Step 2: Add some “Industrial’ ribbon. Steampunk has to have a at least a little of Industrial Revolution to it, and lightweight materials like craft foam and ribbons are good stand-ins for metal or rubber.
For the toddler version: Cut a piece of black, grey, or brown craft foam in circle about two inches in diameter. Fold it in half, and then fold that half again, so it resembles a cone. Clip the tip off to create a small hole in the middle of the circle. Cut the outer edges of the circle to look like flower pedals, the open up the circle. Use a hole punch around the edges to give it that “industrial” look. Thread the wire that holds the tubing ribbon together through the center hole, as you would a flower boutonniere in a doily. Attach the arrangement to the barrette.
For the tween and adults versions: Cut lengths of ribbon or craft foam in long strands and fold the end over the band, randomly between the tubing pieces. Fold over and the band or elastic and lightly tack together with a needle and thread. Use the hole punch to make holes all along the length of the strip.
Once this is done on the adult version, tie the ends of the elastic around the goggles’ band on both sides of the lenses. Using a glue gun, secure the elastic strip to the back of the goggles, to hold it in place. Cover with an additional ribbon or piece of craft foam, to keep it in place.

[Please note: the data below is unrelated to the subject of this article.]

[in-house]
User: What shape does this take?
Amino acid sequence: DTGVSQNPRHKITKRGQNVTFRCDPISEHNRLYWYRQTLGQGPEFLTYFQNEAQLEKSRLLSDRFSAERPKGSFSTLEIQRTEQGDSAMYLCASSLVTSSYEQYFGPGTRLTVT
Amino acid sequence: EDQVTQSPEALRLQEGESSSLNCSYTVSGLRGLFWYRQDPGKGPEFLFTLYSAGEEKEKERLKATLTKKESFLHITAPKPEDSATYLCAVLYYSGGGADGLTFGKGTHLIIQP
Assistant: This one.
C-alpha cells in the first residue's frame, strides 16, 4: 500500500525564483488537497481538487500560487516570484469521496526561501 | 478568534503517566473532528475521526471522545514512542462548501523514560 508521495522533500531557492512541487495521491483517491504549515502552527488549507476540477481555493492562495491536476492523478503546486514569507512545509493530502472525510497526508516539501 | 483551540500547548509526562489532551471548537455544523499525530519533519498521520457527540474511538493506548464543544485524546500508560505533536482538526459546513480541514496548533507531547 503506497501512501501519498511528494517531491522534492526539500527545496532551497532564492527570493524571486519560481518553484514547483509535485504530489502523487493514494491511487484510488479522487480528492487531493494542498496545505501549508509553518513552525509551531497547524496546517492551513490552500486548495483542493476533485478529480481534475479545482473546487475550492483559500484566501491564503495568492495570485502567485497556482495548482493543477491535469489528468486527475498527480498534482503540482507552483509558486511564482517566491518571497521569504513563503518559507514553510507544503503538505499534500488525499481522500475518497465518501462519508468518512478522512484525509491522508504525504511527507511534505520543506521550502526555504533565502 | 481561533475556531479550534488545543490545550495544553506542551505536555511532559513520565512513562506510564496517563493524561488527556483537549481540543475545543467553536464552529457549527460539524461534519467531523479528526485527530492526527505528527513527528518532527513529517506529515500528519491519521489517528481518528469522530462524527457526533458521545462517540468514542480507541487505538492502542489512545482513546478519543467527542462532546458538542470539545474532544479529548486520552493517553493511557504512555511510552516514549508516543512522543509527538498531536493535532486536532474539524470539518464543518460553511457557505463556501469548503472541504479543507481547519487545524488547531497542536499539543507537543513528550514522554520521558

Add some metallic-colored or earth-tone ribbon and yarn to fill it out, if you want.
Step 3: Accessorize! This final step is the most fun, and is where the personality of the hairpieces start to really show. Steampunk-looking accessories can be found in the most unlikely places. Dig around through junk drawers for keys and watch pieces, raid the toy chest for old pirate, space, fairy tale, or safari party favors, search tool boxes for washers and nuts, hit the bargain bin at the craft store for beads and steampunk/industrial charms, upcycle some old long-forgotten or broken jewelry, or head outside to the backyard, forest, or beach for small feathers, twigs, shells, or other odds and ends.
Beads can be placed on the ends of the tubing, or accessories can be tied on. Some items can be glued on the barrettes or goggles. Once finished, secrure the knots with a small drop of superglue if you are afraid of losing anything. More items can be added over time.
The rule with this step is, go light on the toddler/kid version (maybe just couple of little dangly items and two or three glued-on charms), add enough to the tween version to make the pieces fun, but not too heavy, and go as crazy as you want for the teen/adult version–within reason. You want to get noticed for an impressive piece, not for falling over from a too-weighted-down head.
That’s all there is to making eye-catching pieces of any age. These even look great for those not ready to commit to the full-on steampunk costume. Wear them with a t-shirt and jeans, skirt, or leggings and they will still draw attention, especially if you remember to wear them as a family.